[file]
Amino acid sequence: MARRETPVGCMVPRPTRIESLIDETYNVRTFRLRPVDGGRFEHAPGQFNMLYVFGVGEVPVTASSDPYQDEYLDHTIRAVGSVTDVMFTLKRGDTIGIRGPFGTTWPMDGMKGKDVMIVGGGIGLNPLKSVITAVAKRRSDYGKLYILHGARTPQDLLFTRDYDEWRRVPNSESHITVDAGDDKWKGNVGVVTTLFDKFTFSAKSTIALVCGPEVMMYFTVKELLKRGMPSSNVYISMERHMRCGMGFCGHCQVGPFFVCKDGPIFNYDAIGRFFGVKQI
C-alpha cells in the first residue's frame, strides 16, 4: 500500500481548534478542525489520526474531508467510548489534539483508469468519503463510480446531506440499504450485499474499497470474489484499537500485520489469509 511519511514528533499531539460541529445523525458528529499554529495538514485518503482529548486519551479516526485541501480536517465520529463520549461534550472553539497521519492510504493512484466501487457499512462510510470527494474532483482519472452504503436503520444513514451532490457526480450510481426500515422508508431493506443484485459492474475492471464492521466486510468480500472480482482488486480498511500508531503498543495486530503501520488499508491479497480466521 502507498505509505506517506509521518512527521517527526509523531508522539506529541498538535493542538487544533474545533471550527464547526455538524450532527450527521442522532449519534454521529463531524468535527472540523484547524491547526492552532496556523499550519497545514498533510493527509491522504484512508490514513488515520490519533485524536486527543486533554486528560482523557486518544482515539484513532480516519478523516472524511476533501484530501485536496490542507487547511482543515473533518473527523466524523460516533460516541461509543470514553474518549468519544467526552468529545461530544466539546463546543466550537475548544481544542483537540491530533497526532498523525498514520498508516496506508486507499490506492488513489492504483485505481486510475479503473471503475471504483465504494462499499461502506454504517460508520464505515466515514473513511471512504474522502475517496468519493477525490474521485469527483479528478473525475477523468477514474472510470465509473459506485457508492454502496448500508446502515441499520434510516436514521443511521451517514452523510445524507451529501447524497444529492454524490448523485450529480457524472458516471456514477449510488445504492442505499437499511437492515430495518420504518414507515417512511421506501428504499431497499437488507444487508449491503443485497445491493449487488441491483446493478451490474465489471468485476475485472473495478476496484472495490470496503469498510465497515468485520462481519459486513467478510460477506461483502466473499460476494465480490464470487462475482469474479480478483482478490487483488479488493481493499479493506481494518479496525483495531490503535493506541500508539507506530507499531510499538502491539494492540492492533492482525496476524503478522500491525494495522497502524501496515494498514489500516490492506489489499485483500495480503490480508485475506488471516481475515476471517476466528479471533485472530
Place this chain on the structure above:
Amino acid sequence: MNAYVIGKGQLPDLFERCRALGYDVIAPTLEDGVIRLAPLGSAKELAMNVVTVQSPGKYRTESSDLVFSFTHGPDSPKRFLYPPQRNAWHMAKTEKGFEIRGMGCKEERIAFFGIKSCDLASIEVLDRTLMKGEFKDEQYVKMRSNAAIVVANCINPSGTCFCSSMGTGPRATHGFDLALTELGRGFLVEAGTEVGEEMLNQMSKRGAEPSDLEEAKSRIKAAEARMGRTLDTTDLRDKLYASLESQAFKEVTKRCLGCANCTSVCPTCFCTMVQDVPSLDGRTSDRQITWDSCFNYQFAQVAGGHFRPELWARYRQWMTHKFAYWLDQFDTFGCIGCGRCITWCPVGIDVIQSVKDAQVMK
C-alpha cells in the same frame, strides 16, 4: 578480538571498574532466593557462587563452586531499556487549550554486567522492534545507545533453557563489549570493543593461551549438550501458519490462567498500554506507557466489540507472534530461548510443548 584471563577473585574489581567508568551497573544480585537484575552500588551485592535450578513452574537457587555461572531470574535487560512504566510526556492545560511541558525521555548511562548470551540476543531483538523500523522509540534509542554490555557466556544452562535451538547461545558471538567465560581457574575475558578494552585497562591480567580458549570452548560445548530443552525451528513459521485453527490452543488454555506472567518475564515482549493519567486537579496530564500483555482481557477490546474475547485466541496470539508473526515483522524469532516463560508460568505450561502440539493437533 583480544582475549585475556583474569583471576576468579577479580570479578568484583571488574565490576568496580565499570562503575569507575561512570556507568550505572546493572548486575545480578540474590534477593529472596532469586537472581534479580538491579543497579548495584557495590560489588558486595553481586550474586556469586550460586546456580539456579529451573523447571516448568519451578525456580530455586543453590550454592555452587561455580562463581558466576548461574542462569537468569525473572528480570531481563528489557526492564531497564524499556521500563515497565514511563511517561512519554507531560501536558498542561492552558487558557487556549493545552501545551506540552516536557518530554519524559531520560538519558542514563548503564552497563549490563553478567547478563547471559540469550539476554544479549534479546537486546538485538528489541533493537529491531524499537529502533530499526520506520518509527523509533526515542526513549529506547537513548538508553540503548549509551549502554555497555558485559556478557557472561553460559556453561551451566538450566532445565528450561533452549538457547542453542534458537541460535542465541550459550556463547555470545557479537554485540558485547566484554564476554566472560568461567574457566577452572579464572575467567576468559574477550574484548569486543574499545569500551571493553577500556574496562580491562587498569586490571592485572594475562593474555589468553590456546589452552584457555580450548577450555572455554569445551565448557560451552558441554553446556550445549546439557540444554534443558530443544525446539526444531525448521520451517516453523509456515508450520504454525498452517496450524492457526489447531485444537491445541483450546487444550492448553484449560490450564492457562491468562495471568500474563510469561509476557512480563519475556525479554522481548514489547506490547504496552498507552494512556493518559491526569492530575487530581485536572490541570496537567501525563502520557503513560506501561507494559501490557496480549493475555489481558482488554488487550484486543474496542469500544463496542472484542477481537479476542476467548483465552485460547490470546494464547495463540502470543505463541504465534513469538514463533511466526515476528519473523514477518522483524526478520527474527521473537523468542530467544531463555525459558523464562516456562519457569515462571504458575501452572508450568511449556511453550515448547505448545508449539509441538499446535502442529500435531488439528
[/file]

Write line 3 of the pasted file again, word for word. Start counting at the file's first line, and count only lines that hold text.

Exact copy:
Place this chain on the structure above: